The mission in this phase was to import the real project's VSS DB (6.0d)
with all files in all versions & labels into the newly created Team Project.
The VSS DB is currently 2.6 GB, after working on it for a few years now.
I figured that it's a good challenge for the Team Foundation.
For the mission I needed a disconnected copy of the VSS DB, which I can use with the VSSConverter tool ,
in order to migrate it to the team system project.
This request discovered some unpleasant information:
All the legato backups from the last year kept a corrupted DB, since users were never disconnected from the db before each backup ...
I notified the person in charge, and asked for an archive file, in order to restore my own copy I can work with aside.
Alas, I found out that for some weird reason, the Archive tool (Both the GUI & Command line) could not archive the DB properly.
The archive file was always created suspiciously too small,
and when opening it we found that it archived only a small portion of the projects in spite the fact that we specified to backup everything.
With all this trouble I decided not to wait any longer
(this procedure took several days, it takes lots of time to archive & restore 2.6 GB VSS DB for each "try"),
And decided to change my target.
I have decided to let go on all the file versions & labels, and just import a pure latest revision to the Team foundation server.
The challenge is now easier, but still dignified.
We are talking about a total of 140 MB for all files, around 4,400 of them...
I achieved that by doing a "Get Latest" on all the projects recursively to a folder in the file system.
Now I had to disconnect all the projects from source control, but because there are so many of them, I didn't want to do it manually,
So I used a batch tool to do the job for me - "SourceSafe Binding Remover tool " from GotDotNet.
The tool seemed to work well, reporting no errors. (I removed all the RO attributes from all the files before running it).
Later on , I opened each Solution file (there were about 5 of them) using the VS  2005 IDE,
and used the "Add To source Control" menu item.
The wizard reported that the project files contain some "left overs" from a previous source control system, and offered to correct the files.
I accepted the offer, and it worked like magic.
It took about 5 hours to import all the files, but it finished with all files safely in the Team Project.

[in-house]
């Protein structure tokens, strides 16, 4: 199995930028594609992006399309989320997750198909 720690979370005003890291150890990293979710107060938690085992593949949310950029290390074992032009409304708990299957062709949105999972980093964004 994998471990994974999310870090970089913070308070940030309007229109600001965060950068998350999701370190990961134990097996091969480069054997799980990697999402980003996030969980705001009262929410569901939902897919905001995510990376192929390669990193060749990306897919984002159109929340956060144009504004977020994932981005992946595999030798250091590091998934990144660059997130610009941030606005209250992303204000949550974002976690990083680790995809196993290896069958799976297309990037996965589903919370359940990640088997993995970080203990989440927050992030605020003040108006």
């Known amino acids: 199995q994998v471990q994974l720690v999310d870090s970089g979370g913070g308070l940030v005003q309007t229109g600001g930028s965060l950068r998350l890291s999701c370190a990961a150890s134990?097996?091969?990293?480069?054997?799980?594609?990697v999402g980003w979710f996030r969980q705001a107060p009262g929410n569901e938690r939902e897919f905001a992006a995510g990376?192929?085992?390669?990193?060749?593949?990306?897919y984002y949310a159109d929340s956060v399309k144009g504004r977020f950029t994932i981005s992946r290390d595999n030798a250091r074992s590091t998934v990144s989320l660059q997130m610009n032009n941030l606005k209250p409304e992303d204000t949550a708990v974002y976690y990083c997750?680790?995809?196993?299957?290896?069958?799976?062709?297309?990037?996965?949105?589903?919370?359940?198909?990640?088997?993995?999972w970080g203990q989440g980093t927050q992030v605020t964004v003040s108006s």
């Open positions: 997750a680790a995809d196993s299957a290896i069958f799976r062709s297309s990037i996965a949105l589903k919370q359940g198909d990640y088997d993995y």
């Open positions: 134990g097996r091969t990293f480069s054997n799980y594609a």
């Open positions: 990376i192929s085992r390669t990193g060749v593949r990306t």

I checked to see the SQL DB "Data" folder, and the size was ~ 200MB, which seemed pretty reasonable considering I have just added about 140MB of data to it ...
this concludes Phase 2 of the experiment. Didn't get it as I planed too, but got enough to work with for the next phase.

Team System - Phase 1 - Installing the environment - Cont.

By Eli Ofek at August 22, 2005 14:54
Filed Under: Proffesional, Proffesional, Team System, Team System
Hi friends,
Again, didn't have time to blog my findings until now, but I will try to catch you up with the experiment.
While continuing to install the environment, I ran into some more problems, most of them easily fixed after googling for them.
the first problem was getting the "Initialization for plugin "Microsoft.Pcw.wss" failed"
Message in the portal site.
The problem is easily solved if going into the IIS manager and moving the "Report" & "Reports Server" Virtual Applications
to a new pool, so they can run under ASP.Net 2.0 by themselves.
The full explanation can be found at Microsoft Technical Forums, here.
Another problem I ran into happened after creating a new Team  Project to play with, which later on I wanted to delete.
Surprisingly, I found out that there is no obvious way from the IDE to do that.
I did not expect an "easy" way, as no one wants this kind of action which is very destructive to be activated by people "with an easy finger on the trigger".
Googling for this again brought me to a command line solution that is working pretty well.
You can find the "How To" right here on Buck's Blog.
Another problem discovered later on in an Exception in the "Work Items" Web Part.
This was easily solved too by adding a new Work Item so the work items repository would not stay empty.
This consludes the environment installation.
Next: Importing the code from VSS to Team Foundation.

Playing with Team System Beta 2

By Eli Ofek at June 06, 2005 20:32
Filed Under: Proffesional, Team System
I started testing Microsoft's new Team System Beta 2 (Visual Studio 2005 & Team Foundation).
On the coming weeks I will test them with a test case of a real project,
the same one I used to convert Unit Test from Nunit 1.0 to Nunit 2.2.2.
The test will consist of the following phases:
1) Installing the environment.
2) Loading all code from VSS 6.0d to Team Foundation Source Control
3) Converting all code from Framework 1.1 to 2.0, without warnings And all Unit Tests green.
4) Testing the source control (Labeling, Branching etc...)
5) Testing the Bug Tracking.
From Time To time, I will publish interesting stuff I encounter during the process, so stay tuned ...



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    I work for Microsoft Israel as s Senior Premier Field Engineer.
    The opinions expressed here are my own personal opinions and do not represent my employer's view in anyway.